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Data Rectangling

Data Rectangling

Talk about data rectangling and list-columns at RStudio Conf 2018 in San Diego
https://www.rstudio.com/conference/
Gist of code I showed:
https://gist.github.com/jennybc/3afafce0a06fde314b5c9844912d6bd7

Jennifer (Jenny) Bryan

February 02, 2018
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  1. Data Wrangling
    @JennyBryan
    @jennybc


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  2. Data Wrangling
    @JennyBryan
    @jennybc


    Rect

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  3. atomic vectors
    logical factor
    integer, double

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  4. vectors of same length? DATA FRAME!

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  5. vectors don’t have to be atomic
    works for lists too! list column

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  6. name


    stuff


    this is a data frame!
    a tibble, specifically

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  7. a homogeneous list

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  8. Why work with lists?
    You have no choice.
    •String processing, e.g., splitting
    •JSON or XML, e.g. web APIs
    •Models, plots, & collections thereof

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  9. An API Of Ice And Fire
    https://anapioficeandfire.com
    https://cran.r-project.org/package=repurrrsive

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  10. "Combines the excitement of iris and mtcars,
    with the complexity of recursive lists.
    W00t!"
    install.packages("repurrrsive")

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  11. https://blog.rstudio.com/2017/08/22/rstudio-v1-1-preview-object-explorer/
    View(YOUR_HAIRY_LIST)

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  12. got_chars[[9]][["name"]]
    got_chars[[9]][["titles"]]

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  13. x[[i]]
    x[i]
    x
    from
    http://r4ds.had.co.nz/vectors.html#lists-of-condiments

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  14. http://blog.codinghorror.com/falling-into-the-pit-o
    pit of success

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  15. https://shibumo.wordpress.com
    gentle hill of striving

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  16. map(.x, .f, ...)
    purrr::

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  17. map(.x, .f, ...)
    for every element of .x
    apply .f

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  18. map(.x, .f, ...)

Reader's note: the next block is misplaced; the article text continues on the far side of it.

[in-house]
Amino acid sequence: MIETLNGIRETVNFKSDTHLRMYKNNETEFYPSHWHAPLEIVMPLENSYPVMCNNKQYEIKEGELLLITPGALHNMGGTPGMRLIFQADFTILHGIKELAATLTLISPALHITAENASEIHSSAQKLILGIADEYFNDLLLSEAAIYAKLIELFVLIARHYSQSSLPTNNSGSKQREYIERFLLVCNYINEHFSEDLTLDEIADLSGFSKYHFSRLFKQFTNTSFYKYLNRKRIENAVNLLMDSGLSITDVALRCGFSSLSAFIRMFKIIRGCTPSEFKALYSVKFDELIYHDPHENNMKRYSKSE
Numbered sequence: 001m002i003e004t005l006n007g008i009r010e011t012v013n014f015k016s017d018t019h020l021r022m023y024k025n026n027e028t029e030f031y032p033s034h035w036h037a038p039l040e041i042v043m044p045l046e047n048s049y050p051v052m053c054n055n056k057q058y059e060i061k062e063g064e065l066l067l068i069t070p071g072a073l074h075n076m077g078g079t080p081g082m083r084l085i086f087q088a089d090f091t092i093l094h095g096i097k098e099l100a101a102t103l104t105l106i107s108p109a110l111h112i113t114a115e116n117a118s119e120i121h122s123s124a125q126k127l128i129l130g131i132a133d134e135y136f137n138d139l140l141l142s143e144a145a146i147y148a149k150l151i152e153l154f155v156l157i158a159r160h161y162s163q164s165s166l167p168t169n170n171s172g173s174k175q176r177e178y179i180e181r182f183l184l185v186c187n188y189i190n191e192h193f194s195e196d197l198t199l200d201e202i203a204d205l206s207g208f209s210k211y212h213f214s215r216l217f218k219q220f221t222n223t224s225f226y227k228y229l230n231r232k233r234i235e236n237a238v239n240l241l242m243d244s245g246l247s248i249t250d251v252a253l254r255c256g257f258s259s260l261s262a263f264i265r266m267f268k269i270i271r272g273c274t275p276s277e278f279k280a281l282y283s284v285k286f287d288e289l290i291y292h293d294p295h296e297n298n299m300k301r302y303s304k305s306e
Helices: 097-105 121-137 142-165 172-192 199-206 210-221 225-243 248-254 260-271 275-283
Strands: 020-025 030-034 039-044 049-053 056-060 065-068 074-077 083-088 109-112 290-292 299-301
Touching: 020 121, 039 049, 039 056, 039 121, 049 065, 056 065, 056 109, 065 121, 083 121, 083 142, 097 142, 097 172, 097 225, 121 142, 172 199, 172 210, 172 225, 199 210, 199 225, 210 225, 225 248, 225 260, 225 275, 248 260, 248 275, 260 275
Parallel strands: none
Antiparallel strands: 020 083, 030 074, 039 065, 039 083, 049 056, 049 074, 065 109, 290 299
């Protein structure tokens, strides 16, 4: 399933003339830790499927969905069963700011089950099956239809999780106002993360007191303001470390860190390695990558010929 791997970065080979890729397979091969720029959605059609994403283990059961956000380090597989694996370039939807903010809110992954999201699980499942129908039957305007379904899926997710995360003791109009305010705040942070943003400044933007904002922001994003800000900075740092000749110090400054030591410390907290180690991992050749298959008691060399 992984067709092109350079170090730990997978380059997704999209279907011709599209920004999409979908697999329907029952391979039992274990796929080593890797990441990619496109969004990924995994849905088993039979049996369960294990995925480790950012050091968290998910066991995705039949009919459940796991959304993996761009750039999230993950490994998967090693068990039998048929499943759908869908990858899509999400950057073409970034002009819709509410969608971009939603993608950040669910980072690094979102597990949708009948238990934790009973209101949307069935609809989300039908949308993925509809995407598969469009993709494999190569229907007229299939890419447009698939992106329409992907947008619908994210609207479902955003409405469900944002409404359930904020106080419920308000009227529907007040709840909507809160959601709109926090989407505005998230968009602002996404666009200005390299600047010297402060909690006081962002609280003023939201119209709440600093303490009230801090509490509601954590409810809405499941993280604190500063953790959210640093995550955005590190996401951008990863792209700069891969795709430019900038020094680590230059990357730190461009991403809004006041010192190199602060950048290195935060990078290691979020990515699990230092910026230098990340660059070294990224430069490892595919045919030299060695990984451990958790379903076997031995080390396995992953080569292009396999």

.f has some special shortcuts
    to make common tasks easy
    map(.x, "TEXT")
    map(.x, i)

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  19. map(minis, "pants")

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  20. map_lgl(.x, .f, ...)
    map_int(.x, .f, ...)
    map_dbl(.x, .f, ...)
    map_chr(.x, .f, ...)

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  21. map_dfr(minis, `[`,
    c("pants", "torso", "head")

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  22. If everything is equally easy,
    everything is equally hard.
    paraphrasing David Heinemeier Hansson re: Ruby on Rails

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  23. map(.x, .f, ...)
    .f can take many forms
    • existing function
    • anonymous function
    • formula

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  24. map(minis, antennate)

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  25. library(glue)


    glue_data(

    list(name = "Jenny", born = "in Atlanta"),

    "{name} was born {born}."

    )

    #> Jenny was born in Atlanta.


    glue_data(got_chars[[2]], "{name} was born {born}.")

    #> Tyrion Lannister was born In 273 AC, at Casterly Rock.

    glue_data(got_chars[[9]], "{name} was born {born}.")

    #> Daenerys Targaryen was born In 284 AC, at Dragonstone.

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  26. glue_data(got_chars[[9]], "{name} was born {born}.")
    ~ glue_data( .x , "{name} was born {born}.")
    replace your
    example with .x
    prefix with ~ to say
    "it's a formula!"

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  27. map_chr(got_chars, ~ glue_data(.x, "{name} was born {born}."))

    #> [1] "Theon Greyjoy was born In 278 AC or 279 AC, at Pyke."
    #> [2] "Tyrion Lannister was born In 273 AC, at Casterly Rock."
    #> [3] "Victarion Greyjoy was born In 268 AC or before, at Pyke."
    #> [4] "Will was born ."
    #> [5] "Areo Hotah was born In 257 AC or before, at Norvos."
    #> [6] "Chett was born At Hag's Mire."
    #> [7] "Cressen was born In 219 AC or 220 AC."
    #> [8] "Arianne Martell was born In 276 AC, at Sunspear."
    #> [9] "Daenerys Targaryen was born In 284 AC, at Dragonstone."
    drop-in to any member
    of the map_*() family

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  28. name


    stuff


    this is a data frame!
    a tibble, specifically

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  29. Why put a list into a data frame?
    safety & convenience
    •Manage multiple vectors holistically
    •Use existing toolkit for filter, select, etc.

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  30. What happens in the
    data frame
    Stays in the data frame

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  31. last R example:
    list in a data frame = list-column

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  32. lists are part of life
    RStudio Object viewer helps
    tibbles are list-friendly
    map() functions help you
    compute on & simplify lists

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